Snow season is coming (at least in northern places in the northern hemisphere). I have read two accounts in the past week calling for heated bike paths and heated sidewalks.
Heating coils are one option. Retaining summer heat is the other. Both seem pretty expensive. But it does beg two questions, assuming it can be done and paid for,
1. Is it best to start with the sidewalks, bike paths or roads? I am less convinced the roads need it. The cars are relatively stable in moderate snow.
2. Can we really kick the salt habit?
Here is another unique opportunity to advance bicycle planning on a national/international stage. I am on the International Program Committee for this event and it looks to be good. Late June in Seattle is not quite as good as September, but its not bad…
The International Bicycle Urbanism Symposium will take place at the College of Built Environments, University of Washington, Seattle from June 19-22, 2013.
You are invited to submit abstracts for papers dealings with:
- Ways that cities can best encourage and accommodate bicycle use 20-30 years in the future
- Leading research that addresses bicycle use and effects of innovation in infrastructure and programs
- Best practices and how these can inform long-term planning for bicycle use.
Intended participants include planning and design professionals, researchers, bicycle advocates, and public officials. Selected papers will be edited for one or more referred books.
A fuller description of the Symposium and its program can be found at www.be.washington.edu/bicycleurbanism. Questions can be addressed at email@example.com.
We have been hearing for the last few years of the bicycle renaissance worldwide. The visibility is undoubtedly helping bicycling. The cries have been upbeat, reassuring, and feel-good: bicycling is good and cities are changing themselves to better accommodate such.
We are starting to better weigh the opportunity costs of different strategies and where there is room for improvement. In a positive step forward, we now have representatives in leading cities questioning some of their initiatives. We are reeling back some of the enthusiasm with a critical eye. This is healthy. Here are some examples:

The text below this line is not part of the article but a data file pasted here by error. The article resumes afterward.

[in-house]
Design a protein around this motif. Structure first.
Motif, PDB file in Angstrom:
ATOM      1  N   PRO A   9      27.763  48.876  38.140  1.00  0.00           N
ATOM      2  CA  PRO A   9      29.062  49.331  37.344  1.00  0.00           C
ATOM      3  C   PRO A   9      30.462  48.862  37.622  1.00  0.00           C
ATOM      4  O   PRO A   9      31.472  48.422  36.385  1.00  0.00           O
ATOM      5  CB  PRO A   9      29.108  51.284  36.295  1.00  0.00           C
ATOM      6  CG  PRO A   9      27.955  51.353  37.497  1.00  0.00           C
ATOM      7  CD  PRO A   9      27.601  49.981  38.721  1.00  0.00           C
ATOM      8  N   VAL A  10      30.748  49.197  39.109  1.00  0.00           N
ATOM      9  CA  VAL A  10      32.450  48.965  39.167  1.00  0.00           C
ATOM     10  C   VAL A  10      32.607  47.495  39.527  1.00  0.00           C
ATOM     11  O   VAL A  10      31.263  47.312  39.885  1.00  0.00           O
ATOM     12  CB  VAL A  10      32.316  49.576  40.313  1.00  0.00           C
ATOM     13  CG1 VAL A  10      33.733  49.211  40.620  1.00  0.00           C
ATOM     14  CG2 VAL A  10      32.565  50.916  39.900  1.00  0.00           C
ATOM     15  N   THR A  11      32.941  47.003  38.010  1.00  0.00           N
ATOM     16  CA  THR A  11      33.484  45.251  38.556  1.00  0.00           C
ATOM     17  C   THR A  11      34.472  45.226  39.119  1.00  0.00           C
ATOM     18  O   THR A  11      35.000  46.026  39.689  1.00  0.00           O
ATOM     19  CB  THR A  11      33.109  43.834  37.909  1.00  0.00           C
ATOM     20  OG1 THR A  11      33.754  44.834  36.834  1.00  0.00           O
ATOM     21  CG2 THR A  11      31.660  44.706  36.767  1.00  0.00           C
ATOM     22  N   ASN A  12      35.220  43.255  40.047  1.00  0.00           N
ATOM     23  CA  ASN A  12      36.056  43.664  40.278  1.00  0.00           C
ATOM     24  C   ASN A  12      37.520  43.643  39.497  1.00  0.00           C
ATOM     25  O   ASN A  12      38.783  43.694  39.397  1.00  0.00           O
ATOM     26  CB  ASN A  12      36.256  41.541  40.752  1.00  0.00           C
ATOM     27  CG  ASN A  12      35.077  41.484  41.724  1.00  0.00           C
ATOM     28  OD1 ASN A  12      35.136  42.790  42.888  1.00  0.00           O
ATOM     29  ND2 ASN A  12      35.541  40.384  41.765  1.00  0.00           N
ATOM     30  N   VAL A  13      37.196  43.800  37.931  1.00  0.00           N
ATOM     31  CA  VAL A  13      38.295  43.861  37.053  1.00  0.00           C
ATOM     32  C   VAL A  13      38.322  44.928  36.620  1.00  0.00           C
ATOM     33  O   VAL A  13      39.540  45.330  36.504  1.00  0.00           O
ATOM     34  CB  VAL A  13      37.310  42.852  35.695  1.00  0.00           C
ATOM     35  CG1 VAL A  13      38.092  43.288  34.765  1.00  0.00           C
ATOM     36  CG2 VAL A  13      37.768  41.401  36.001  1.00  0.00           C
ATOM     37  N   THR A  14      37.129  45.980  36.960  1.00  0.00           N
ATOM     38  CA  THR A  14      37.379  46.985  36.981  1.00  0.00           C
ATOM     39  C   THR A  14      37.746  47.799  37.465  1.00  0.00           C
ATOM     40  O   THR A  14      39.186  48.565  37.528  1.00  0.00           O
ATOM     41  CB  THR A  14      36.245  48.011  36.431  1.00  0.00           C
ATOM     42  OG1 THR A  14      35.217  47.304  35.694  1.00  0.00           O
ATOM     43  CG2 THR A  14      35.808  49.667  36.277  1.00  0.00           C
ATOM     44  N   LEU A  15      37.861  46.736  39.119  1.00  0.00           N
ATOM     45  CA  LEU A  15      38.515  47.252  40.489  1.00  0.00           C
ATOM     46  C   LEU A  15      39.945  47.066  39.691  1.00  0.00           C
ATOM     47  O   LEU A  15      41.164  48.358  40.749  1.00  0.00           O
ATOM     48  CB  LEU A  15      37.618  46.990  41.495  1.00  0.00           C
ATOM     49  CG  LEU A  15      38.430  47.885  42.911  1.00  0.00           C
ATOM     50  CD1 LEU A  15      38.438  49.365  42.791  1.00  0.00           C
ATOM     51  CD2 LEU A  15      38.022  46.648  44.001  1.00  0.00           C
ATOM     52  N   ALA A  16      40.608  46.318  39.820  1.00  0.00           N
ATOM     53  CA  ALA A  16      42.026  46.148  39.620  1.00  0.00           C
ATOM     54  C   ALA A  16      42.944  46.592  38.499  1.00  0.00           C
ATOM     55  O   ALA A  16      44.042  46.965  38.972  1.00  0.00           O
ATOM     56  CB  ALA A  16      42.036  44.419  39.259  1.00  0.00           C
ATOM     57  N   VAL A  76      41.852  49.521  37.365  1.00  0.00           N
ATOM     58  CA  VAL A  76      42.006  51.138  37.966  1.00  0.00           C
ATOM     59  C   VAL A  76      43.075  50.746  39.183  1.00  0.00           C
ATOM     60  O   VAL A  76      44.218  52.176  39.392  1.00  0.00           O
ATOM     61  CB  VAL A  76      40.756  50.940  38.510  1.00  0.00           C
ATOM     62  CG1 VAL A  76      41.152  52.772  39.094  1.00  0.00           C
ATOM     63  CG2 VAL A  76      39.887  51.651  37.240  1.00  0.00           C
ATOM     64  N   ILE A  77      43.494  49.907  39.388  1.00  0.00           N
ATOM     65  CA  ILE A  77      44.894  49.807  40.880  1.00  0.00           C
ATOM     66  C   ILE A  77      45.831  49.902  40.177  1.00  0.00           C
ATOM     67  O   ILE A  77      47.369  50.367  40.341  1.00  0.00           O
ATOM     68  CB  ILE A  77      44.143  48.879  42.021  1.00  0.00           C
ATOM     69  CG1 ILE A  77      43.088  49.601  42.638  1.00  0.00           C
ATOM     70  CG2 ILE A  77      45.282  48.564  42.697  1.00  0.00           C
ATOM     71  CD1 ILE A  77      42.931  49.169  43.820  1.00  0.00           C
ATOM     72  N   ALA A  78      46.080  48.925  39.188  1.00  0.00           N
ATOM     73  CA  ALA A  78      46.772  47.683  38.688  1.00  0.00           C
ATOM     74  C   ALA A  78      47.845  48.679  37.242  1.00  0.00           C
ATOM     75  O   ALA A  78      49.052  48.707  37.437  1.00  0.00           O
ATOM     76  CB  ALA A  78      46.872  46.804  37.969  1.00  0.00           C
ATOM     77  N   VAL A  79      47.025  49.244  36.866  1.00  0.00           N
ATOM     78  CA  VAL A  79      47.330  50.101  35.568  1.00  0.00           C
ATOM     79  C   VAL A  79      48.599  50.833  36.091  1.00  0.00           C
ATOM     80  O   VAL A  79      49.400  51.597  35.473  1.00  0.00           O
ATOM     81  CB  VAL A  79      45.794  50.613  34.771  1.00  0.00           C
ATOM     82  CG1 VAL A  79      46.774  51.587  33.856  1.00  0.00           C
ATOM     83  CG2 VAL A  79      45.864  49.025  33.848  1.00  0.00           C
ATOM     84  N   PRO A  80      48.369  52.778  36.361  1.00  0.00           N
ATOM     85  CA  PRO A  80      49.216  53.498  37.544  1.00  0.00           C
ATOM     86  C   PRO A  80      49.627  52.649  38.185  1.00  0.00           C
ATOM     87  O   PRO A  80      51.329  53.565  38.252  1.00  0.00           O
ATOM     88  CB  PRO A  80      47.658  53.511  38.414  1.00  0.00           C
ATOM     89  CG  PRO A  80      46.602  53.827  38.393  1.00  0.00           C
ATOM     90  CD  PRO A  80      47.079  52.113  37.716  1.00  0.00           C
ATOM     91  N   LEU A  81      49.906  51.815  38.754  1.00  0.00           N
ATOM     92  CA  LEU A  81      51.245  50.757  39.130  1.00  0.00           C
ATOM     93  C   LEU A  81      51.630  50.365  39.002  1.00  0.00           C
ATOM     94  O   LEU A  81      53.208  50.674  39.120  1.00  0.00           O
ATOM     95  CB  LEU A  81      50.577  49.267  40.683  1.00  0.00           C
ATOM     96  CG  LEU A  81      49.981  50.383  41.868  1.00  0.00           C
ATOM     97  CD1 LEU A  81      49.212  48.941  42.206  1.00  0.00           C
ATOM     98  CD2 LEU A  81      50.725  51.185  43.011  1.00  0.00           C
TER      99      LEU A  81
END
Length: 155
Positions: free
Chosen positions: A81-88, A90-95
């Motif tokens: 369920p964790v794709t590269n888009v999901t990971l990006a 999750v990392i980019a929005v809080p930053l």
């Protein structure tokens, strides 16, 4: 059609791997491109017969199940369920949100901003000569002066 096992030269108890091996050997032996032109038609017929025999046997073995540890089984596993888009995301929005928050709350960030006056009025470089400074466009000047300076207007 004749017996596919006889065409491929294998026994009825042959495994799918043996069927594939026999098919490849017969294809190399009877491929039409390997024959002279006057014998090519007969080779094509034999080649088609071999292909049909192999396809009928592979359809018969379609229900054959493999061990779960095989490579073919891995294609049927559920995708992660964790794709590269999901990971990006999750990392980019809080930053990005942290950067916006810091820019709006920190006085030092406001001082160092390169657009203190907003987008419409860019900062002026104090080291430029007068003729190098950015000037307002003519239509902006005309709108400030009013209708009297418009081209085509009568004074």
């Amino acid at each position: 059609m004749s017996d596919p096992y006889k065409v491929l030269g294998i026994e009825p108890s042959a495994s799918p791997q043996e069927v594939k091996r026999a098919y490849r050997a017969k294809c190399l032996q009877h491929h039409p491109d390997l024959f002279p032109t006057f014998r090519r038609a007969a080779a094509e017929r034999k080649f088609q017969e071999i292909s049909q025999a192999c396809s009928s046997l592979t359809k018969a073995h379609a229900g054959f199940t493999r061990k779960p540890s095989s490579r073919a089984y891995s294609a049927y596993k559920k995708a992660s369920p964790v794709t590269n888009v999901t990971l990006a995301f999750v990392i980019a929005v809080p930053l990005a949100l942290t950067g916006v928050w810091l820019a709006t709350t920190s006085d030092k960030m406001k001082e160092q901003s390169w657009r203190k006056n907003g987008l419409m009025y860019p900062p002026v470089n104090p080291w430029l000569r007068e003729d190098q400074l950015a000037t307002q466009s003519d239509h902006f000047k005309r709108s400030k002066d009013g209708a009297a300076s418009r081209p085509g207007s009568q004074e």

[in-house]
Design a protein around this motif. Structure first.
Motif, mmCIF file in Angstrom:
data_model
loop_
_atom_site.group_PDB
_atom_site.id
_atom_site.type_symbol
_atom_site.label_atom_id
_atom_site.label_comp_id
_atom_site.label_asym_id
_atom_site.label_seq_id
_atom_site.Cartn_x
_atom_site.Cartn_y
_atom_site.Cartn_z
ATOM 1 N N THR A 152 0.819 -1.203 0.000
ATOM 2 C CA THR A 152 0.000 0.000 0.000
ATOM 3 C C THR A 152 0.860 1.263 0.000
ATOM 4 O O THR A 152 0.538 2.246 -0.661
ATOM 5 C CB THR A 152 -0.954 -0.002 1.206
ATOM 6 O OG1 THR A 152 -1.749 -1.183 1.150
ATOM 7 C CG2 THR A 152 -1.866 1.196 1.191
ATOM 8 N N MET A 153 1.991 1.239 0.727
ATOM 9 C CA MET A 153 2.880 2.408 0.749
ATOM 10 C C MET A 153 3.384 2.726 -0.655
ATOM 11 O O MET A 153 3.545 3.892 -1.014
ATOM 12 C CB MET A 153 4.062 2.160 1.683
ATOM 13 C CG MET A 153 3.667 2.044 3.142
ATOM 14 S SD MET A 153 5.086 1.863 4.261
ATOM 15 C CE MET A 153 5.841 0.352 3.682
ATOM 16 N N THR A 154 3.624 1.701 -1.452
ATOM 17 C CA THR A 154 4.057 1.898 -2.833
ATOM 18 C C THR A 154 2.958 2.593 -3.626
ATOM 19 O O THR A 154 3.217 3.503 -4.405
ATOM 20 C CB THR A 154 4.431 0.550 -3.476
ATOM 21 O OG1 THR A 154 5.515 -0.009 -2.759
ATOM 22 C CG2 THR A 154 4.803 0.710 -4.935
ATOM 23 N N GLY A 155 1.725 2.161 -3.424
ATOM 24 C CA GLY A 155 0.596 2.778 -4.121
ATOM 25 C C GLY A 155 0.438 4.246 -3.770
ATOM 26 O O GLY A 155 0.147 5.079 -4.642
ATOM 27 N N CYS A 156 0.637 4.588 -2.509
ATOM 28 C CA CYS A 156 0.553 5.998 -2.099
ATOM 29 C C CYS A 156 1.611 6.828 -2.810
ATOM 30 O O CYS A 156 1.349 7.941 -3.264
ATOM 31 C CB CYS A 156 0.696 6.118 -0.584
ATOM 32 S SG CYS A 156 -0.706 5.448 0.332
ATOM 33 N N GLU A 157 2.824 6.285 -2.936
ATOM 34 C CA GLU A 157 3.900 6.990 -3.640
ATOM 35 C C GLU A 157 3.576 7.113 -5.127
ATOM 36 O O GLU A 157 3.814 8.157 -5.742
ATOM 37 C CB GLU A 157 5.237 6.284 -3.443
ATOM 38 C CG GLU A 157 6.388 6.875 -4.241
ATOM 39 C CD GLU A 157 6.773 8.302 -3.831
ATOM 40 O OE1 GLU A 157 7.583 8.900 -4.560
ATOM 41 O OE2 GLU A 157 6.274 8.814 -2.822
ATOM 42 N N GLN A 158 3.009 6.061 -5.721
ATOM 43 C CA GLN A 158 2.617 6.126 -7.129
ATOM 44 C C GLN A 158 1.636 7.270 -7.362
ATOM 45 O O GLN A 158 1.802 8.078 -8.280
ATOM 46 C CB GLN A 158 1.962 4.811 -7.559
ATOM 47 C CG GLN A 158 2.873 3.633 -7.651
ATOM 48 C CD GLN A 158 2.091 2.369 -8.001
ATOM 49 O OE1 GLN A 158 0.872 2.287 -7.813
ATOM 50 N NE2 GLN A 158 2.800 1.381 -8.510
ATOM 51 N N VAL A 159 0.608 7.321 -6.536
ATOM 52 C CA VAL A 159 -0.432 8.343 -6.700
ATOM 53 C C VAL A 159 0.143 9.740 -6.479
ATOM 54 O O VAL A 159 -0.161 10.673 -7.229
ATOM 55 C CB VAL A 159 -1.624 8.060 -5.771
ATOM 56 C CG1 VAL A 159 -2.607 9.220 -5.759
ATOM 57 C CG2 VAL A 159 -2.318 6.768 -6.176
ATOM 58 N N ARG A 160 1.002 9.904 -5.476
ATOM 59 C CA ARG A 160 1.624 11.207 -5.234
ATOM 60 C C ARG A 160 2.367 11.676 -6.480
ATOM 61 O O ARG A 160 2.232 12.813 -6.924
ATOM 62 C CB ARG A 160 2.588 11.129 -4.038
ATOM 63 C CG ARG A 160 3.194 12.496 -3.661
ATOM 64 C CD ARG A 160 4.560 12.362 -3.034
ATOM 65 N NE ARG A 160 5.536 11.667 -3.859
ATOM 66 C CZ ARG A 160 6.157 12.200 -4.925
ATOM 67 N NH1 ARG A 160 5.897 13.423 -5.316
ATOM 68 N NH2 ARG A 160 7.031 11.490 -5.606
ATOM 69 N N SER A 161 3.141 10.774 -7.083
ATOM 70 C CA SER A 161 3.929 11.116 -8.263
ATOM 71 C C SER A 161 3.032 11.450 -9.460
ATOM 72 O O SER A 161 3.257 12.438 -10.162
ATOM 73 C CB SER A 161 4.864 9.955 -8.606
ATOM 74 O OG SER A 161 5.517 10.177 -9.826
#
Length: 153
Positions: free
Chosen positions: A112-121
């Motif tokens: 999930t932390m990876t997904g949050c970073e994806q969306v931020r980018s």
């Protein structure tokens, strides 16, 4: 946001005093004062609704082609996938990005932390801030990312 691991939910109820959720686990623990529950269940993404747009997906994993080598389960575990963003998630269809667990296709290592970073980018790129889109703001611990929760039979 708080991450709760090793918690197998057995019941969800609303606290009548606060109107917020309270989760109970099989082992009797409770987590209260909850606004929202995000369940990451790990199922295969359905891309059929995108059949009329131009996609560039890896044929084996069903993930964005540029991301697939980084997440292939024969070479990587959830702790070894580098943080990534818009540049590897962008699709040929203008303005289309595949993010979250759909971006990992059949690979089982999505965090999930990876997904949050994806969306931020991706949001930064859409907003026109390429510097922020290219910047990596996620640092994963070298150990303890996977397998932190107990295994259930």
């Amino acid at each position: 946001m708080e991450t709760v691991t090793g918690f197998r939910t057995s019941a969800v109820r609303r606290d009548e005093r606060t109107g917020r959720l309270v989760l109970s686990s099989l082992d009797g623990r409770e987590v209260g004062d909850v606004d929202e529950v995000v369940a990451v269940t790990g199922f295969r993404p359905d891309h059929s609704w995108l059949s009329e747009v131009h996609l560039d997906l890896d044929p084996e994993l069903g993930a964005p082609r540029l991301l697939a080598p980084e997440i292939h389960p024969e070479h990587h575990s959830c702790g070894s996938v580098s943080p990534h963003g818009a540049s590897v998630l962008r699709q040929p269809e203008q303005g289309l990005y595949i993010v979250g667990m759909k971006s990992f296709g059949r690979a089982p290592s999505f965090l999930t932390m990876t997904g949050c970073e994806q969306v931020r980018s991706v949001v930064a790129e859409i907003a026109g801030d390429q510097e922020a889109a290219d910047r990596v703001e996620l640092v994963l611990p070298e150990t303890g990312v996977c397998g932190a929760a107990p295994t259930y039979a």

I offered some thoughts for Boulder, Colorado a few months ago.
We apparently have some hiccups in Copenhagen’s bicycle-sharing system (note: each trip is a whopping $4.50?)
Seattle is apparently getting lots of press for cycling (owing to its Mayor?), but little traction.
Dear Friends and Colleagues,
It is our pleasure to announce that the 2014 World Symposium on Transport and Land Use Research (WSTLUR) will be held in Delft, the Netherlands, from Tuesday, June 24, 2014, through Friday, June 27, 2014. Please mark your calendars. Deadlines for full paper submissions will be announced in early 2013. This will be a call for full paper submission with a double-blind peer review process. Selected articles from the symposium will appear in the Journal of Transport and Land Use in 2015. More information regarding the symposium will be posted in the future on the WSTLUR website.
We would like to take this opportunity first to congratulate Professor Kees Maat from Delft University of Technology and Professor Karst Geurs from the University of Twente for their excellent proposal that won the bid. We would also like to thank all the institutions that indicated interest in organizing WSTLUR 2014.
Looking forward to seeing you in Delft.
Kelly Clifton and Ahmed El-Geneidy